If you are asked to provide an endorsement for a person, and you find there are various people criticising that person so that you suspect they may be displaying SBCMB, listen to the critics very carefully. That is true even if the critics are people who have been significantly involved with the other person and hurt by them. Of course, it is true that all criticism needs to be taken with a grain of salt, and there are always two sides to every story. It is also true that people who have been hurt often have an axe to grind. That is why it is always right to talk to the person themselves, and their supporters, and hear them out. But don’t listen just to them and their supporters. Listen to supporters and to those who have been hurt by them. While those who have been hurt might be biased, they’re not to be discounted for that reason.
As a society and as churches, we have rightly learnt through accounts of abuse not to ignore the voices of those who have been hurt. This is true in cases like this also. In fact, it is even more important to listen to others in cases where a person is exhibiting SBCMB, because a person exhibiting SBCMB is so good at portraying themselves as vulnerable. Thus, if you rely primarily on their side of the story, you may congratulate yourself on being the one who is listening to the “true victim”, when in reality you are only listening to the story of the (possibly unintentional) perpetrator. Don’t think you understand everything just because you have chatted with the person or spent some time with them in their world. Don’t rely too much on your own ability to judge people on first impressions. As we have seen, those who exhibit SBCMB are very good at playing the game of creating the “right” impression.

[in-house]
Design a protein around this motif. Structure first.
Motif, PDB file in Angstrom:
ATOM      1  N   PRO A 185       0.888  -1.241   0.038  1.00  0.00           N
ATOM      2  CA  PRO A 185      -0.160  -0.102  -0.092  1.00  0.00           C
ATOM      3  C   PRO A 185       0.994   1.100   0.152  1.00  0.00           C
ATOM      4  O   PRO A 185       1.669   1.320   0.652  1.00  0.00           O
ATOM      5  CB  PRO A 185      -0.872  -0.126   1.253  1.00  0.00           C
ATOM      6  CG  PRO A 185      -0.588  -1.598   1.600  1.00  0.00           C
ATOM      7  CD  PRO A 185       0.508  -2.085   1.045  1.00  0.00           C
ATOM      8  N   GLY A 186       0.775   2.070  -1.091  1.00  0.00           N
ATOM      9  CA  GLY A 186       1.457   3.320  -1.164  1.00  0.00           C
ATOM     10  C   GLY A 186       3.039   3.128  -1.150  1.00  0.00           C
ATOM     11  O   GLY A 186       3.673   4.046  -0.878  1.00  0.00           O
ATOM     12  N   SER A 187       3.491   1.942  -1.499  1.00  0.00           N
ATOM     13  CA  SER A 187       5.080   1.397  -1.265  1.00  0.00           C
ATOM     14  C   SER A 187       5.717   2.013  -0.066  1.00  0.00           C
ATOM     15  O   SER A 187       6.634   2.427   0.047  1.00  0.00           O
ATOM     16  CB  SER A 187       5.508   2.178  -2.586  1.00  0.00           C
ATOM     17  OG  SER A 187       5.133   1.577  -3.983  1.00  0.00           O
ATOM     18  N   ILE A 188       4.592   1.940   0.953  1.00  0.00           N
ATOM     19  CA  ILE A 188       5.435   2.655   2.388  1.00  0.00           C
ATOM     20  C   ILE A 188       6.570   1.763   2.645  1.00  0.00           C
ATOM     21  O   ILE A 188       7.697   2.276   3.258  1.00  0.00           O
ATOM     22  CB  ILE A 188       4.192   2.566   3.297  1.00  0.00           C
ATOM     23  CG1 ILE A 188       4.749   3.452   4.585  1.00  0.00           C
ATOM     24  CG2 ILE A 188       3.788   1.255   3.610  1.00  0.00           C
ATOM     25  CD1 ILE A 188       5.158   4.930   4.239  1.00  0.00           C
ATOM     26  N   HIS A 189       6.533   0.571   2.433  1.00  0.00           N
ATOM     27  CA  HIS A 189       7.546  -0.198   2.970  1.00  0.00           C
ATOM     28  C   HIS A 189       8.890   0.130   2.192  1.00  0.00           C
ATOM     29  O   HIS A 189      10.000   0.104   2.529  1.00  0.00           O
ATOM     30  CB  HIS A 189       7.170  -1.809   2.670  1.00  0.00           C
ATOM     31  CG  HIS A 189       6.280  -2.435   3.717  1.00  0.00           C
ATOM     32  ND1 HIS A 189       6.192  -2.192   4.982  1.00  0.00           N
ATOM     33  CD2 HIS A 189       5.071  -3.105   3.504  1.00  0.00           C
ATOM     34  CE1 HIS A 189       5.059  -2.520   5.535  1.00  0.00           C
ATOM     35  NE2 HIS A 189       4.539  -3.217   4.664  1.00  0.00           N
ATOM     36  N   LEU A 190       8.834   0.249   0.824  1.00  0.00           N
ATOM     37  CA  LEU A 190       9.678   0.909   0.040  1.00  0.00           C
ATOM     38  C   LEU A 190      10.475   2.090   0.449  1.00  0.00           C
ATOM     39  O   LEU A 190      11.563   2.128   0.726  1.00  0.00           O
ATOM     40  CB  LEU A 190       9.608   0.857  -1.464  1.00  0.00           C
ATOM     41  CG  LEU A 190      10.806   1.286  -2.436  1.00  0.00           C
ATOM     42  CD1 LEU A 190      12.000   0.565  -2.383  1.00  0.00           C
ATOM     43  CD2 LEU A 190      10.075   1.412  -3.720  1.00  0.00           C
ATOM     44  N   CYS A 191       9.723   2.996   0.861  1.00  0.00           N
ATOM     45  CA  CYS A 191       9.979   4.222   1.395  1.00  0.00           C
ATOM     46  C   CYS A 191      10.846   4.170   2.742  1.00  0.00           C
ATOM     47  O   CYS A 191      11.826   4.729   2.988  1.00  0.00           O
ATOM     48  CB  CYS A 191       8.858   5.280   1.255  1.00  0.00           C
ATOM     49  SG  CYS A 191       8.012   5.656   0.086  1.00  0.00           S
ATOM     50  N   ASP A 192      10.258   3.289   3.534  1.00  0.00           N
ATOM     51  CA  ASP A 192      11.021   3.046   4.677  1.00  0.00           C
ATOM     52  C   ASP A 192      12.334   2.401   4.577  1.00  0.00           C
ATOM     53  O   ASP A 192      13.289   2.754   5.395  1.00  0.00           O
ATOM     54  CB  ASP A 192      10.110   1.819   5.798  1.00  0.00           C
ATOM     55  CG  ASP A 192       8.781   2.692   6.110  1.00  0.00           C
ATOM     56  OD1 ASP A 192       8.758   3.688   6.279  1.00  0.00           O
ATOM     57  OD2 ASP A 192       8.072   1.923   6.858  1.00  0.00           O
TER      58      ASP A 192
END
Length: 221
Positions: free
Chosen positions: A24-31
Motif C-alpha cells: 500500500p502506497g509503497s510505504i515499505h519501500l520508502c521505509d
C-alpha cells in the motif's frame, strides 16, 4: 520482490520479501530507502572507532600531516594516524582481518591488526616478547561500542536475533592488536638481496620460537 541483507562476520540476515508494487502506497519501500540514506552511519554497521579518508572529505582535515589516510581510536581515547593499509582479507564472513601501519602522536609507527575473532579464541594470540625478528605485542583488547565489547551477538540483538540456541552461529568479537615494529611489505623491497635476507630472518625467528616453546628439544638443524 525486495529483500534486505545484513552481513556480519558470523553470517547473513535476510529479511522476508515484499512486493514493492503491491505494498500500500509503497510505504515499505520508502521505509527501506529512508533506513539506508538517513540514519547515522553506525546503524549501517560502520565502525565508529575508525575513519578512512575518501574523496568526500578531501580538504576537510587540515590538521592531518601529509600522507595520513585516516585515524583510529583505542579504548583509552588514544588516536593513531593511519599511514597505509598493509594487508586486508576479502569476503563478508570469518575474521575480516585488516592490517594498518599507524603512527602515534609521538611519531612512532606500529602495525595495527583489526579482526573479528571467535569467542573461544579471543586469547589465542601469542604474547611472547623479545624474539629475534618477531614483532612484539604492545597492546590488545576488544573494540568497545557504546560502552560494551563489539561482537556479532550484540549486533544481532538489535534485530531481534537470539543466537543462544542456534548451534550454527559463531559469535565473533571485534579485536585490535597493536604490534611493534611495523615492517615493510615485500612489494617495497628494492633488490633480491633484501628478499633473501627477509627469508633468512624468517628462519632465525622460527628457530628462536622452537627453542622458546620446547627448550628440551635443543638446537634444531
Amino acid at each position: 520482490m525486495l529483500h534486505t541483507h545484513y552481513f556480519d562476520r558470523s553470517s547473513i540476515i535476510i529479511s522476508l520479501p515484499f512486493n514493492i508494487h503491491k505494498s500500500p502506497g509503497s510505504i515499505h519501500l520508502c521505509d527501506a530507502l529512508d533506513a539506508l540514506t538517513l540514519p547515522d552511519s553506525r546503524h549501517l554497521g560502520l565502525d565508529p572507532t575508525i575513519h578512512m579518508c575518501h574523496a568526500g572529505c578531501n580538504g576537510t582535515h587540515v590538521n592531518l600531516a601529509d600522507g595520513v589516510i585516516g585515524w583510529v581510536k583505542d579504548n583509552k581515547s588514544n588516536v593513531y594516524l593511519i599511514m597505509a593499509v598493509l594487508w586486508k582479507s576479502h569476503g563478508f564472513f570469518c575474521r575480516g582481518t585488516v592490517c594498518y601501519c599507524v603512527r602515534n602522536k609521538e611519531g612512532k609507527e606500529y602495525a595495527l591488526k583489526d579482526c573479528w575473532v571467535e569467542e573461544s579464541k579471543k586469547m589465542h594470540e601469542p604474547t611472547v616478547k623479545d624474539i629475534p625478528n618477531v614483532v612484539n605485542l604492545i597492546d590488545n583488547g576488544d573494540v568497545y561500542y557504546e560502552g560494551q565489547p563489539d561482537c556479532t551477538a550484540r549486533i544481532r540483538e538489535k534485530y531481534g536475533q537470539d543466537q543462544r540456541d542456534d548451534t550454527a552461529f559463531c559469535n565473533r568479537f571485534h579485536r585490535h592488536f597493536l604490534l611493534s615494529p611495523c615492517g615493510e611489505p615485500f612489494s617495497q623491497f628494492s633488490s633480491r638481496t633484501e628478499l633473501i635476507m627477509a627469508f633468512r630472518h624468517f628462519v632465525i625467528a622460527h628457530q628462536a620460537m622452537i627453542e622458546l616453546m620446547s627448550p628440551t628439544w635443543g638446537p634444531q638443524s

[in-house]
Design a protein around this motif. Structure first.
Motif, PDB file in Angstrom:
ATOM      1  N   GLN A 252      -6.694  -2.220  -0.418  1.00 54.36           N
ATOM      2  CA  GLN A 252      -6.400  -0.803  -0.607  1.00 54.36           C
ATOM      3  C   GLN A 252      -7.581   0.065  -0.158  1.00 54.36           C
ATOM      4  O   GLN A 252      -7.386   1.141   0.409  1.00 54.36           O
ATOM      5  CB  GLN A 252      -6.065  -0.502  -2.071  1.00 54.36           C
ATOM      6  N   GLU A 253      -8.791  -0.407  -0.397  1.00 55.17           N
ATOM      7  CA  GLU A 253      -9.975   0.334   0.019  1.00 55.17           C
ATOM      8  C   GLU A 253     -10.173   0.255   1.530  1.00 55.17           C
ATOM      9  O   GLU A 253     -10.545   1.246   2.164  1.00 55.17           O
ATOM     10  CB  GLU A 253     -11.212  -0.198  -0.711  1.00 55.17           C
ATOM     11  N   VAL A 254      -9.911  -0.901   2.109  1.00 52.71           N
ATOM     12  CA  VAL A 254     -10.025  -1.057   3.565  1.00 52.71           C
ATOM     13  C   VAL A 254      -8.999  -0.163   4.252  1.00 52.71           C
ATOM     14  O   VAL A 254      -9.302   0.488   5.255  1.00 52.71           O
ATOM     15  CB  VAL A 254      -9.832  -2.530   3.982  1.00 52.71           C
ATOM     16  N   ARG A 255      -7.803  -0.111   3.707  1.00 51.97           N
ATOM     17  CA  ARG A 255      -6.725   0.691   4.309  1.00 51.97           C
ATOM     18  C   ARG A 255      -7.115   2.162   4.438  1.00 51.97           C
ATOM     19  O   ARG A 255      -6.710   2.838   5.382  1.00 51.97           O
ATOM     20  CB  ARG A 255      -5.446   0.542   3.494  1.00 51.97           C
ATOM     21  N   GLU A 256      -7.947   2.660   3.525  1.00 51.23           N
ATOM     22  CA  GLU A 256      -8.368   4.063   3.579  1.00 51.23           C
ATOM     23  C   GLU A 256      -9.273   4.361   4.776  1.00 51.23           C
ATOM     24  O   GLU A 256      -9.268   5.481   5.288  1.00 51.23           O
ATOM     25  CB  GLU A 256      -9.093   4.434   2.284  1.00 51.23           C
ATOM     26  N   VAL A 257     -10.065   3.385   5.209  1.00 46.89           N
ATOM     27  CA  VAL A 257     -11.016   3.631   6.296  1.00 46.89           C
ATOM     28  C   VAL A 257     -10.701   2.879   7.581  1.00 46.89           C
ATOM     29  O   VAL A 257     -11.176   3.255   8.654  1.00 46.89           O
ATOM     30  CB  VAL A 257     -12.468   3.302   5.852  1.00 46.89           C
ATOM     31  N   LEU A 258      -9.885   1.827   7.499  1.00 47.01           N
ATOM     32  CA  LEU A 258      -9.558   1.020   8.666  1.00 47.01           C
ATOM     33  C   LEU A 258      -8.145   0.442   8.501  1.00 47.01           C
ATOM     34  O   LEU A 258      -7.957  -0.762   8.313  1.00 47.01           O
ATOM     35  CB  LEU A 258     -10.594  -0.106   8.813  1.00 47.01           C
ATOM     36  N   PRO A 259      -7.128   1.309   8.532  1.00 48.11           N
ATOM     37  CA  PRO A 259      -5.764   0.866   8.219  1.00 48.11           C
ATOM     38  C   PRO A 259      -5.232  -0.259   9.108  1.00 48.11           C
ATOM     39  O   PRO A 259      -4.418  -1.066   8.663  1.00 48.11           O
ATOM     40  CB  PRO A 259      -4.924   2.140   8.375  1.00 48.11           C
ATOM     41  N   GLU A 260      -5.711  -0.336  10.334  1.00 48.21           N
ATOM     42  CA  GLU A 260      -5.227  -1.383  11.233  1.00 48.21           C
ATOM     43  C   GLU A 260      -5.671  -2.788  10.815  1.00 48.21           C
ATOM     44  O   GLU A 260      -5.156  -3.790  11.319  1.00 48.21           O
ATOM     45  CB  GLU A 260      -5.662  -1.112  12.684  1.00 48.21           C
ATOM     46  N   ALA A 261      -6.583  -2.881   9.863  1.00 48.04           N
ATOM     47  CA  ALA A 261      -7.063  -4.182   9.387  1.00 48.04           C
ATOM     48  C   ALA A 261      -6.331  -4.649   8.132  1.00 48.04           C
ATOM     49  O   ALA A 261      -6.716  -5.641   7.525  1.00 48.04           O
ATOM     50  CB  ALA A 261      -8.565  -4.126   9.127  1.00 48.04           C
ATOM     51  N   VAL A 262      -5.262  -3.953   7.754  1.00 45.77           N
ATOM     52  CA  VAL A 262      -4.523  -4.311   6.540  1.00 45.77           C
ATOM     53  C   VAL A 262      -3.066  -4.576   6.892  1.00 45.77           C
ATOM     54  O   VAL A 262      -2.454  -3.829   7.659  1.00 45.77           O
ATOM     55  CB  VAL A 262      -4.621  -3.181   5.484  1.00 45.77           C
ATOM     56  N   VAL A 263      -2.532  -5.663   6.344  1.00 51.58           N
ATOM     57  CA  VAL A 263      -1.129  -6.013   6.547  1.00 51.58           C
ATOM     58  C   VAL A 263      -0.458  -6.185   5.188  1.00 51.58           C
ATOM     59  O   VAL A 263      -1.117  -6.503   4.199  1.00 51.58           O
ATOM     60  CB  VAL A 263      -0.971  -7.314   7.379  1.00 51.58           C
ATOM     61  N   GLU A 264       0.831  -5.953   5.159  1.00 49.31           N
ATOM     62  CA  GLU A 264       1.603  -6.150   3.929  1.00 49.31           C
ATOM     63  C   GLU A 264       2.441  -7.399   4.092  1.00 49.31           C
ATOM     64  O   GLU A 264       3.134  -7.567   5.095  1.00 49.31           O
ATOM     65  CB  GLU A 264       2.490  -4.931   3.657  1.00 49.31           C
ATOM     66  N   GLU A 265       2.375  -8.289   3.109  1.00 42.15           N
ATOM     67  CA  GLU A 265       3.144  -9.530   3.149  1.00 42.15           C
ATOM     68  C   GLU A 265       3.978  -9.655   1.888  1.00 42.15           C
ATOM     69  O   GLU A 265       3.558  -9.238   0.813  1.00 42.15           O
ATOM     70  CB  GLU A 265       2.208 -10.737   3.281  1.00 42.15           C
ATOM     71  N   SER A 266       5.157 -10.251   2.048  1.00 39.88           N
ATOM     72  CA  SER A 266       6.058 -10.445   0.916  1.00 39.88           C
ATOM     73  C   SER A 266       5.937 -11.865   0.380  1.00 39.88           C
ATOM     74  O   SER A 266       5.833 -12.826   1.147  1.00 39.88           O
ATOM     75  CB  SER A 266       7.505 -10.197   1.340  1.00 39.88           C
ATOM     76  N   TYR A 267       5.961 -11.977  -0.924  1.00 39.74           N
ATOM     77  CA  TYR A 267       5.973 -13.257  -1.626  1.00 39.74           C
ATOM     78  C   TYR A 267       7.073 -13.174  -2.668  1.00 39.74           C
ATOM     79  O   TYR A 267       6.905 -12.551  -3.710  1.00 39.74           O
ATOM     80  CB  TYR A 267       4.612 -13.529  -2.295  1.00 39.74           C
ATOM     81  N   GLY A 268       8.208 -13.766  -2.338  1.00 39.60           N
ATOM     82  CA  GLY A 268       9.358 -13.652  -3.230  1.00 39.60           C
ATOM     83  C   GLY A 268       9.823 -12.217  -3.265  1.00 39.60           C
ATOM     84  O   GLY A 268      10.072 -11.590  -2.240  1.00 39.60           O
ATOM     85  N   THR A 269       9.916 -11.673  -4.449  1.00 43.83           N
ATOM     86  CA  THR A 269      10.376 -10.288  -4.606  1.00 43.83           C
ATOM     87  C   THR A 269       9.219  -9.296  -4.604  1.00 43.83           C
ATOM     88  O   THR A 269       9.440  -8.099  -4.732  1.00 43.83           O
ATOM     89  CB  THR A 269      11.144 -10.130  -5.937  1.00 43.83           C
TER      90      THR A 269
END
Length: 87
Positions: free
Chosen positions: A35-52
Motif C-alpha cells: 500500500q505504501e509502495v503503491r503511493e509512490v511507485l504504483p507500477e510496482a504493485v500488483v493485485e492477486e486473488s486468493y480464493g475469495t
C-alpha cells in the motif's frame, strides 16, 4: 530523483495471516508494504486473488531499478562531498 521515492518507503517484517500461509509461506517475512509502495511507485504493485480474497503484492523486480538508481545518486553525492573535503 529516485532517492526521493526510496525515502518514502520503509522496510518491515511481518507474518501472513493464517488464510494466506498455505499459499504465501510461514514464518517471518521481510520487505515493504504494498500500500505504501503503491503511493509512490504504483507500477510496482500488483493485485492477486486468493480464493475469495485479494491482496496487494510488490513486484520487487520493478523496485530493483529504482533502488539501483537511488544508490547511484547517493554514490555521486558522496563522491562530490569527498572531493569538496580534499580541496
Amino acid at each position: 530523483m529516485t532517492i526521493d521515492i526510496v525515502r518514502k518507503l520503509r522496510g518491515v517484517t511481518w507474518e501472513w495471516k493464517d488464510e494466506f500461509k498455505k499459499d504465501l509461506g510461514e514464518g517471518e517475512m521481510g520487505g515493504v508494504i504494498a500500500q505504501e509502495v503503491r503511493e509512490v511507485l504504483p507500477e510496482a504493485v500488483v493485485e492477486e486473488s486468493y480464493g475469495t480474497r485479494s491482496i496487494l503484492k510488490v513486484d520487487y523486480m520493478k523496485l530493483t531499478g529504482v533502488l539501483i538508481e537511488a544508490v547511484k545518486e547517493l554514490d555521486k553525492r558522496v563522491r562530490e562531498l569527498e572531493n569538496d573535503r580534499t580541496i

Read the next section: If you need to say something publicly
Copyright © 2021 Lionel and Bronwyn Windsor
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To read the whole paper: Slow-burn crazy-making behaviours
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